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IT is a somewhat startling thought—it will not be misunderstood—that Christ probably did not save many people while He was here. Many an evangelist, in that direction, has done much more. He never intended to finish the world single-handed, but announced from the first that others would not only take part, but do “greater things” than He. For amazing as was the attention He was able to give to individuals, this was not the whole aim He had in view. His immediate work was to enlist men in His enterprise, to rally them into a great company or Society for the carrying out of His plans.

The name by which this Society was known was The Kingdom of God. Christ did not coin this name; it was an old expression, and good men had always hoped and prayed that some such Society would be born in their midst. But it was never either defined or set agoing in earnest until Christ made its realization the passion of His life.

How keenly He felt regarding His task, how enthusiastically He set about it, every page of His life bears witness. All reformers have one or two great words which they use incessantly, and by mere reiteration imbed indelibly in the thought and history of their time. Christ’s great word was the Kingdom of God. Of all the words of His that have come down to us this is by far the commonest. One hundred times it occurs in the Gospels. When He preached He had almost always this for a text. His sermons were explanations of the aims of His Society, of the different things it was like, of whom its membership consisted, what they were to do or to be, or not do or not be. And even when He does not actually use the word, it is easy to see that all He said and did had reference to this. Philosophers talk about thinking in categories— the mind living, as it were, in a particular room with its own special furniture, pictures, and viewpoints, these giving a consistent direction and colour to all that is there thought or expressed. It was in the category of the Kingdom that Christ’s thought moved. Though one time He said He came to save the lost, or at another time to give men life, or to do His Father’s will, these were all included among the objects of His Society.

No one can ever know what Christianity is till he has grasped this leading thought in the mind of Christ. Peter and Paul have many wonderful and necessary things to tell us about what Christ was and did; but we are looking now at what Christ’s own thought was. Do not think this is a mere modern theory. These are His own life-plans taken from His own lips. Do not allow any isolated text, even though it seem to sum up for you the Christian life, to keep you from trying to understand Christ’s Programme as a whole. The perspective of Christ’s teach­ing is not everything, but without it everything will be distorted and untrue. There is much good in a verse, but often much evil. To see some small soul pirouetting throughout life on a single text, and judging all the world because it cannot find a partner, is not a Christian sight. Christianity does not grudge such souls their comfort. What it grudges is that they make Christ’s Kingdom uninhabitable to thoughtful minds. Be sure that whenever the religion of Christ appears small, or forbidding, or narrow, or inhuman, you are dealing not with the whole —which is a matchless moral symmetry— nor even with an arch or column—for every detail is perfect—but with some cold stone removed from its place and suggesting nothing of the glorious structure from which it came.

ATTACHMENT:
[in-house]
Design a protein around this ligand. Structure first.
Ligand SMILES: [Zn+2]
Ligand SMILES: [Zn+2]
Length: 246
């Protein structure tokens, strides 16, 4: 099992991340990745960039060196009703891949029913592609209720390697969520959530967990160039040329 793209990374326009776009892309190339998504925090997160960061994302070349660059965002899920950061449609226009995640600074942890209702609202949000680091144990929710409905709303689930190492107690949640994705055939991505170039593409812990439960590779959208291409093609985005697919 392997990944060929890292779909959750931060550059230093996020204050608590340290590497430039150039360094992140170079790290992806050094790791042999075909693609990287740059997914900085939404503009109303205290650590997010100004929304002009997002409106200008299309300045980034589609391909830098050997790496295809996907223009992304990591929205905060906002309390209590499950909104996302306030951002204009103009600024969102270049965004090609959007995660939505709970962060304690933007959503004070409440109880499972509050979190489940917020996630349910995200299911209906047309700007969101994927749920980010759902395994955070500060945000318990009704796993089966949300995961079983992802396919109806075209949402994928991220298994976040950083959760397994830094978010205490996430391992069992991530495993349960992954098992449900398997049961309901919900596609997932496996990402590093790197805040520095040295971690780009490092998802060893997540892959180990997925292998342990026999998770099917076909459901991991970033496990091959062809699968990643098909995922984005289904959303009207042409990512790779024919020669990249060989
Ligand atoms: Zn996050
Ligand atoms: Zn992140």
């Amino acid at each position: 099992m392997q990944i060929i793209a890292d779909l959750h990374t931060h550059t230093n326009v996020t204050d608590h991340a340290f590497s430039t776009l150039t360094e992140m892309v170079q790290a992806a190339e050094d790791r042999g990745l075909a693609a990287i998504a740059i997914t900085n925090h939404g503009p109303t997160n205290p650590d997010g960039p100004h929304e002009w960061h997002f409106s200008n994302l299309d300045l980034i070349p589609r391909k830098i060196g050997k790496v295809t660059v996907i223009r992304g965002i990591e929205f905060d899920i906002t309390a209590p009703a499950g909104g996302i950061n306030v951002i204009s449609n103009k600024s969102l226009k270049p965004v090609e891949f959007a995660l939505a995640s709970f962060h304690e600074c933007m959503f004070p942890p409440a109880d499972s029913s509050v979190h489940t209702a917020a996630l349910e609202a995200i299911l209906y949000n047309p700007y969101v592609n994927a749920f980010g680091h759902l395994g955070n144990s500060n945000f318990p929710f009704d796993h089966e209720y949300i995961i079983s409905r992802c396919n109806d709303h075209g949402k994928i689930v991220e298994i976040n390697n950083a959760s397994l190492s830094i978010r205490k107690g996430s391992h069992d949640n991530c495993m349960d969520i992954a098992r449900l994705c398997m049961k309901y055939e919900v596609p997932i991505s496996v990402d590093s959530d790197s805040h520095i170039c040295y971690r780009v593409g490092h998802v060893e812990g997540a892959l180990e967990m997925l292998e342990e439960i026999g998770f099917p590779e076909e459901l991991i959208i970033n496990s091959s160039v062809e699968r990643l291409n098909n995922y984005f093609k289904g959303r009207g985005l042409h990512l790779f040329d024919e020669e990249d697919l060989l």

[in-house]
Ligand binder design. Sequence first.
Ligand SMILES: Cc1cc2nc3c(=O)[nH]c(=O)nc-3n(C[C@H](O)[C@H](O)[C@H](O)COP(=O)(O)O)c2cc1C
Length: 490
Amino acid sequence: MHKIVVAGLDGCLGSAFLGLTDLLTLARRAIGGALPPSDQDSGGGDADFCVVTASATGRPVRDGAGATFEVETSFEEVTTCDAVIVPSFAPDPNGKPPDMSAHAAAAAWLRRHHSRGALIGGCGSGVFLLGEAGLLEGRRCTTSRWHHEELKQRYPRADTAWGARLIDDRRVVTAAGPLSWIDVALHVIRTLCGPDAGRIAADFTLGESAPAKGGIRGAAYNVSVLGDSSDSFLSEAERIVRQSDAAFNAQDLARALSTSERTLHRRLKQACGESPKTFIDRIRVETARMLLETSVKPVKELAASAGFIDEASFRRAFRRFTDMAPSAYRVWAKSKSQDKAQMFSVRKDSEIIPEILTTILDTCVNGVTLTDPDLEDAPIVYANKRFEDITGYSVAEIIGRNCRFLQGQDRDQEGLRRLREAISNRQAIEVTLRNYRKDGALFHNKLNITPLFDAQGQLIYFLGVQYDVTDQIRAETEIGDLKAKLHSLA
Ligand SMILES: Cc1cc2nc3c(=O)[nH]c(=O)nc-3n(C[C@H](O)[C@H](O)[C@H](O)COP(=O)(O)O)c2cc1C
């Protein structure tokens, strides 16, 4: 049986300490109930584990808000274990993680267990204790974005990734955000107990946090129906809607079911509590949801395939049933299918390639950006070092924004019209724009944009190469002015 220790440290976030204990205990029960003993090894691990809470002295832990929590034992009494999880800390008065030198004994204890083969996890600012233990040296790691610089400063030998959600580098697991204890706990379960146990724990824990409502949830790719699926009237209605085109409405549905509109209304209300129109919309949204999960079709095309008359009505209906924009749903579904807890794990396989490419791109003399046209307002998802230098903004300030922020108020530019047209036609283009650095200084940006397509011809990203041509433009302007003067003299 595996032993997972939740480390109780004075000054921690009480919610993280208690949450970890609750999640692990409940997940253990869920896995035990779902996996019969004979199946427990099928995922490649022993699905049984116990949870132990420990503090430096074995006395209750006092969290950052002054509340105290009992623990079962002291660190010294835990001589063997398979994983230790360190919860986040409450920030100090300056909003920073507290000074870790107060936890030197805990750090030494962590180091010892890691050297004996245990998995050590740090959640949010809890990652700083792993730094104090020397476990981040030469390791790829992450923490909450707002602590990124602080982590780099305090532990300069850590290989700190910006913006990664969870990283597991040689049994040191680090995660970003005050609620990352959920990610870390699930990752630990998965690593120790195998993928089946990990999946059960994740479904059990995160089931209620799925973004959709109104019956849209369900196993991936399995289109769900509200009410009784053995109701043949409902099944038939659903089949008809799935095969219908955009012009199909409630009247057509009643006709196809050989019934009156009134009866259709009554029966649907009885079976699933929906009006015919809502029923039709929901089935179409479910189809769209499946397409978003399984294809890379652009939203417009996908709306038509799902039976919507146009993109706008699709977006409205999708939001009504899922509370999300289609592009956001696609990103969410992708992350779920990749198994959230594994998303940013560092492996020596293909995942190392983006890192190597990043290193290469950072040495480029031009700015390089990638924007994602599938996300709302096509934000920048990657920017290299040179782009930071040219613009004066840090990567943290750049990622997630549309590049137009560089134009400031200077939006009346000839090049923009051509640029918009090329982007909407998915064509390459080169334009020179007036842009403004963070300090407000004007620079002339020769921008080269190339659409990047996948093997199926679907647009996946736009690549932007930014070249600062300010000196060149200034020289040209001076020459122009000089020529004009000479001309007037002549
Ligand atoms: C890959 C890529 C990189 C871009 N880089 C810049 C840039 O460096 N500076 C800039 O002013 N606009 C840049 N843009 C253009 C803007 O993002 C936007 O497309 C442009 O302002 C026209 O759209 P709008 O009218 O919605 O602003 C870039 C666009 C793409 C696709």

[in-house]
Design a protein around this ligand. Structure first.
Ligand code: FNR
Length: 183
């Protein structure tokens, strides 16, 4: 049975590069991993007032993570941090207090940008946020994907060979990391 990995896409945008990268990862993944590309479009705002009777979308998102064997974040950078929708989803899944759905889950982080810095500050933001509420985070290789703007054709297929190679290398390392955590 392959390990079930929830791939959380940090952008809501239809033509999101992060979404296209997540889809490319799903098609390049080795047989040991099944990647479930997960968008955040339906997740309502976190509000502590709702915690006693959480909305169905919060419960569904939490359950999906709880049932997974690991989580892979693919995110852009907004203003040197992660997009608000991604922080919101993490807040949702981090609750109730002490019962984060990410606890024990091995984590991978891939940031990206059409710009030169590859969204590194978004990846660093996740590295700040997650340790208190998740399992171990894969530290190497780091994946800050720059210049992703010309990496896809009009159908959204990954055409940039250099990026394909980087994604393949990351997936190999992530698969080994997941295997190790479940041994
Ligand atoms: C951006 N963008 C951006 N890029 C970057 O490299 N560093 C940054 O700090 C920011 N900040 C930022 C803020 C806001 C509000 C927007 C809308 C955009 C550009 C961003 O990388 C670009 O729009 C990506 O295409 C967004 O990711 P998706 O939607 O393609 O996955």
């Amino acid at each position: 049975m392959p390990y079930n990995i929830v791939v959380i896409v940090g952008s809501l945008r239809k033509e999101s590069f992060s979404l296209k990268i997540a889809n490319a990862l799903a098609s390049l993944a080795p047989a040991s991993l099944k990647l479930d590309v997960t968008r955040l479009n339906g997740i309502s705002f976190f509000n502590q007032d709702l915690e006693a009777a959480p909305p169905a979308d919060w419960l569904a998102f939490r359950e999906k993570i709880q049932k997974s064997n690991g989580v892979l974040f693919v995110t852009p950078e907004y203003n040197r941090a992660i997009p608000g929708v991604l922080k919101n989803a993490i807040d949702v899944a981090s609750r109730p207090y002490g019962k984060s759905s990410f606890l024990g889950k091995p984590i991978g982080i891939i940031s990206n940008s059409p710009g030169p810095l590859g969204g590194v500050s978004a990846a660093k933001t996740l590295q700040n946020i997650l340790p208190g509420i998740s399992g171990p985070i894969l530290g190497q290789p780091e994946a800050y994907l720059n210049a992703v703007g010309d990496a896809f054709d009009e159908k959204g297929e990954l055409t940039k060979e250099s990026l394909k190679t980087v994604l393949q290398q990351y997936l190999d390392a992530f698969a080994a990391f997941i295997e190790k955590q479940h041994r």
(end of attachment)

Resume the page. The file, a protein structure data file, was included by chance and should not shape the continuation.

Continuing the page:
Tens of thousands of persons who are familiar with religious truths have not noticed yet that Christ ever founded a Society at all. The reason is partly that people have read texts instead of reading their Bible, partly that they have studied Theology instead of studying Christianity, and partly because of the noiselessness and invisibility of the Kingdom of God itself. Nothing truer was ever said of this Kingdom than that “It cometh without observation.”  Its first discovery, therefore, comes to the Christian with all the force of a revelation. The sense of belonging to such a Society transforms life. It is the difference between being a solitary knight tilting single-handed, and often defeated, at whatever enemy one chances to meet on one’s little acre of life, and the feel of belonging to a mighty army marching throughout all time to a certain victory. This note of universality given to even the humblest work we do, this sense of comrade­ship, this link with history, this thought of a definite campaign, this promise of success, is the possession of every obscurest unit in the Kingdom of God.

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